Global consumption is a large environmental problem. Everything that is consumed is connected to the environment in some way (Wilk, 2006:418). Providing food for a growing world population is obviously a major concern in terms of human and environmental impact. Natural stocks of fish are being depleted by overfishing, and fish farms are seen by some as a solution to the problem of food shortages (Cowan & Schienberg, 2005). This practice introduces more problems than it solves though. Efforts are being made to improve the practice, but it would be more effective to consider and treat these immediate problems as symptoms, and begin to locate and solve the root problem.
The most pressing problems introduced by fish farming are the impacts on the environment. Aquaculture causes health and habitat issues to natural stocks through spreading of disease and man-made changes to the environment (Cowan & Schienberg, 2005). Fish farms cause environmental damage through alteration of biodiversity, ecosystems, and pollution runoff (Cowan & Schienberg, 2005). By raising carnivorous fish, the overfishing problem is exacerbated – more fish are required as input than output can be realized (Cowan & Schienberg, 2005). There are also the human costs of environmental colonialism which encourages aquaculture in developing countries (Cowan & Schienberg, 2005). The effects on human health from non-natural production of fish are unknown, but it has been shown that farmed fish contain more carcinogens than natural fish (Cowan & Schienberg, 2005).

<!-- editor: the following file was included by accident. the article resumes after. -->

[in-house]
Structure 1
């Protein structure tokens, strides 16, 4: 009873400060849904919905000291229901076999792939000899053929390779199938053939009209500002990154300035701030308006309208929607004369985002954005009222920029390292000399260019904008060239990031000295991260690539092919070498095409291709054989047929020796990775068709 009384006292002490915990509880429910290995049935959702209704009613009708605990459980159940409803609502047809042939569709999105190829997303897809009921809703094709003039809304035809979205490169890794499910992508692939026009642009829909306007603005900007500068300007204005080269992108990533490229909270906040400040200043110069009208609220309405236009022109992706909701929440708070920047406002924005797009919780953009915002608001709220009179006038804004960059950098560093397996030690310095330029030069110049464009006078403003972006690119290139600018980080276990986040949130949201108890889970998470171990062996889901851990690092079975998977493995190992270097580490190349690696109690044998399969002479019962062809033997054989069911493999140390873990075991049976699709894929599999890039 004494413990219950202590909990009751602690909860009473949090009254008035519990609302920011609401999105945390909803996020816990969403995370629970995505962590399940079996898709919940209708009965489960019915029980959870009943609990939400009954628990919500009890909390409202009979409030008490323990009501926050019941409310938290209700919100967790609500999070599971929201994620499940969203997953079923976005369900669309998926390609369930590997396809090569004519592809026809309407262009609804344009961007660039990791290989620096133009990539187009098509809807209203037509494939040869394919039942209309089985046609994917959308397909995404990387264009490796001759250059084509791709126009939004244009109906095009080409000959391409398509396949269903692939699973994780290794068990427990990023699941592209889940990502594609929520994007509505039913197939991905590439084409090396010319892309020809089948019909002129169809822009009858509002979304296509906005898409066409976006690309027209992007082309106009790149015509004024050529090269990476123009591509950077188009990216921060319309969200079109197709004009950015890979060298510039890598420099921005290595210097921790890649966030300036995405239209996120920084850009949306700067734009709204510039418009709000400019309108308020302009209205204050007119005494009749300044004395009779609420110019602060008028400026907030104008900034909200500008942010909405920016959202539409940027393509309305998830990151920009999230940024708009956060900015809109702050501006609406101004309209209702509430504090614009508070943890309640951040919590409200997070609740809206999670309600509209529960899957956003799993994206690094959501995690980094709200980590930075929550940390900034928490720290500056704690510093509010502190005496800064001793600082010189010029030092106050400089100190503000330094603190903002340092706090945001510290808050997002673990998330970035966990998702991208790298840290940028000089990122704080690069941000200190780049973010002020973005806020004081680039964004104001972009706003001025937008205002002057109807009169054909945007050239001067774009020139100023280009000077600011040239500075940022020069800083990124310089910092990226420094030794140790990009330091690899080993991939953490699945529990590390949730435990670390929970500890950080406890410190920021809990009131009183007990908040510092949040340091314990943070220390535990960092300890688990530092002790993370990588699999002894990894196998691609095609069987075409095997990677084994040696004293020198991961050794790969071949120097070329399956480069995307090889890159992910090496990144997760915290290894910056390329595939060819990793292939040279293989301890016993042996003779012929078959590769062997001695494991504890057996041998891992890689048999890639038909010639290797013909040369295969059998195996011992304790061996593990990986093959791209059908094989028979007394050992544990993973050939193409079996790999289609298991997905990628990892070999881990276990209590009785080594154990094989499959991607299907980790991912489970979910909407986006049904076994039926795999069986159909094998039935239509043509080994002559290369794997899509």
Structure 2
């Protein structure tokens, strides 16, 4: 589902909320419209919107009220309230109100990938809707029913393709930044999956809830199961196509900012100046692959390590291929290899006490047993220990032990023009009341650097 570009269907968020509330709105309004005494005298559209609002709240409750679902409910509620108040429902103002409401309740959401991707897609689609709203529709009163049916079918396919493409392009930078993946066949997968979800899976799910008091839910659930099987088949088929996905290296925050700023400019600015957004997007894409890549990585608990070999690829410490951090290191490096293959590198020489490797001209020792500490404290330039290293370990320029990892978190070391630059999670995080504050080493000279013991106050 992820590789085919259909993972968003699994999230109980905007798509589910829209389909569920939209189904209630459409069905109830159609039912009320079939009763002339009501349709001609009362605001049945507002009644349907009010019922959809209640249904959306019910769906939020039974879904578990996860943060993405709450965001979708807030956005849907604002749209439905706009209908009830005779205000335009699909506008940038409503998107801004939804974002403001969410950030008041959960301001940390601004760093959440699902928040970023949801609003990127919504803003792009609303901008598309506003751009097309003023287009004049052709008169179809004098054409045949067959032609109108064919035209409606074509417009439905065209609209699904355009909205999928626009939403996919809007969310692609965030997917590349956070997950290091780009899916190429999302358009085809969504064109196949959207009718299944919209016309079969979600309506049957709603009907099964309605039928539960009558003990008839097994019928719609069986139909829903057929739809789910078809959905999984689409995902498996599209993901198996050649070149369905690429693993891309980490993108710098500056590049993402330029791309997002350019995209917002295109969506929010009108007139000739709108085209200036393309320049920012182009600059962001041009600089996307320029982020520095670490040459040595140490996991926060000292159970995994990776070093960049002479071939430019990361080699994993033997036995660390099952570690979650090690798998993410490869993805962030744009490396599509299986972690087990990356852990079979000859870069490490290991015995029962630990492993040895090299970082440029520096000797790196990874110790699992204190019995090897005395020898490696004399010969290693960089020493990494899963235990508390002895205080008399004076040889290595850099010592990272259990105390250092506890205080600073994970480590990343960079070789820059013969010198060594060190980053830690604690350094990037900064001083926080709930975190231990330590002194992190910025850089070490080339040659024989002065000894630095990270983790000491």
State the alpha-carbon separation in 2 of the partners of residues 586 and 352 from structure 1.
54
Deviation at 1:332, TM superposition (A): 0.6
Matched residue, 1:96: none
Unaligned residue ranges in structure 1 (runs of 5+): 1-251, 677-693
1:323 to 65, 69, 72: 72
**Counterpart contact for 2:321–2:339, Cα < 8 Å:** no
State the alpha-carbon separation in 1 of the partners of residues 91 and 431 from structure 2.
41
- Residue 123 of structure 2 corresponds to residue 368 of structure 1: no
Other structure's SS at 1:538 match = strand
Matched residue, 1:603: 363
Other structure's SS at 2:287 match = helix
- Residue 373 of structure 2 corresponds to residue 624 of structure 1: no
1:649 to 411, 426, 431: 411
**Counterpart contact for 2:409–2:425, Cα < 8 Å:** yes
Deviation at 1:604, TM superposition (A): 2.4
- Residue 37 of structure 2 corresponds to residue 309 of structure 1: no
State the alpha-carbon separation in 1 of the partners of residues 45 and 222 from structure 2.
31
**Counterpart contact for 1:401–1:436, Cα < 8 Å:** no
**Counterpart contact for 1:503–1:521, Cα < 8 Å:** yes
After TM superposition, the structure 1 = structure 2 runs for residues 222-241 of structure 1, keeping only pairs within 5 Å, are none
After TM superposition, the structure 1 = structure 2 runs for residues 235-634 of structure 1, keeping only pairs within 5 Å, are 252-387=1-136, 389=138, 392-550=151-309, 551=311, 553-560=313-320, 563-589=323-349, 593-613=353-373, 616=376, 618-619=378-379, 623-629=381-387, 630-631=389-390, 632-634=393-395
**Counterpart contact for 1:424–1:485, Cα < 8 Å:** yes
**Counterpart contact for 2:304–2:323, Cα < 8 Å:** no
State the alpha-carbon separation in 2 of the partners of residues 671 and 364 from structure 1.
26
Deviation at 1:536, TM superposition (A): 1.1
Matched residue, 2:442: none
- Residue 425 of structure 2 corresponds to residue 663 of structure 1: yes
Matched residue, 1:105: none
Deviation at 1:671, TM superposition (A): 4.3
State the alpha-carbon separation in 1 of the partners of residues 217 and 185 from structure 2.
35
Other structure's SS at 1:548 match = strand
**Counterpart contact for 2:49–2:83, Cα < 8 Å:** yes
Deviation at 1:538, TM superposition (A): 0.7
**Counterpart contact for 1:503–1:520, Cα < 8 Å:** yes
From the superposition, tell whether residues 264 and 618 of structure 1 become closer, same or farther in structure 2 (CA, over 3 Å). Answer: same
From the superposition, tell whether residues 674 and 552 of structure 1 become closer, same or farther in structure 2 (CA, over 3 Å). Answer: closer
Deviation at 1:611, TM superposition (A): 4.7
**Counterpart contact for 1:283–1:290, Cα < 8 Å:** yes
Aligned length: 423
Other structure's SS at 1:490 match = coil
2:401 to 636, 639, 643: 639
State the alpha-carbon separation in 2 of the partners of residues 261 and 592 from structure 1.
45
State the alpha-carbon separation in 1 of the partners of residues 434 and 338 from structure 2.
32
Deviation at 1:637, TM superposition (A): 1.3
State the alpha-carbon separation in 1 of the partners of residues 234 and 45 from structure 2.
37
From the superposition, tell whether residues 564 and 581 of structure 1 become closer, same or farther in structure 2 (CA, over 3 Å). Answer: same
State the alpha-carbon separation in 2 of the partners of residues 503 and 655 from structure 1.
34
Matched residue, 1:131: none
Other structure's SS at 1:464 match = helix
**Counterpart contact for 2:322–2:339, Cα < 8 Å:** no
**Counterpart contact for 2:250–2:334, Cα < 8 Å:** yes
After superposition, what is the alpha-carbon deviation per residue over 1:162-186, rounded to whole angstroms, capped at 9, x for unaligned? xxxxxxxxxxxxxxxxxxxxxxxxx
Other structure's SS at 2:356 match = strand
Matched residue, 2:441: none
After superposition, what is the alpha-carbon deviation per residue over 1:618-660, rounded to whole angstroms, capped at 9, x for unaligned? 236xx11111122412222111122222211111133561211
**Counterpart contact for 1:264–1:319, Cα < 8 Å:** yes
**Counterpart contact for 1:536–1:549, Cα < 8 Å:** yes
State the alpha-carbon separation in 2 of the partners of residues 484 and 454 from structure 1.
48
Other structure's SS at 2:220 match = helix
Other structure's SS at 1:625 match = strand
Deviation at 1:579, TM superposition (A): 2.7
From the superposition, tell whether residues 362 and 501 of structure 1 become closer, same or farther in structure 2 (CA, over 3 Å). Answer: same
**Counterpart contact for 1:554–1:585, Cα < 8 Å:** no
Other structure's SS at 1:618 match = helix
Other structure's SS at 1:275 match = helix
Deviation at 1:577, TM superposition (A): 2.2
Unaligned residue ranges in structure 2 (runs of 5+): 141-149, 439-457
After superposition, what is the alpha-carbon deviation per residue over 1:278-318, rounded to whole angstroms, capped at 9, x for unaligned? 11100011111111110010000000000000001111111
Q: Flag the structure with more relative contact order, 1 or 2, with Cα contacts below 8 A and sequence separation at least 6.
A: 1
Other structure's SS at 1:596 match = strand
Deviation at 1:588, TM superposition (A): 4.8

If these problems can be addressed, fish farming is perhaps still a viable solution for meeting the sustenance requirements of a growing global population. China, the birthplace of aquaculture, might provide an example of a better way to produce fish, as their practices are more sustainable (Cowan & Schienberg, 2005). Other global efforts include land based farms or raising omnivore fish (Cowan & Schienberg, 2005). Further research is ongoing to identify and implement further improvements to aquaculture (Cowan & Schienberg, 2005).
As with most environmental problems, these solutions aim at symptoms. Awareness and treatment of symptoms certainly are imperative but they are not the final cure. The problem is not aquaculture; it is excessive global consumption patterns. The root of this problem, as with most environmental problems, is attitudes and mentalities toward the natural world. If these are transformed, the pressure on the earth will be relieved, and many of the problems we face today will dissipate.
Cowan, S., & Schienberg, B. (Directors). (2005). Farming the Seas [Motion picture]. USA: Bullfrog Films.
Wilk, R. (2006). TheEcology of Global Consumer Culture. In N. Haenn, & R. Wilk (Ed.), The environment in anthropology (pp. 418-429). New York: New York University Press.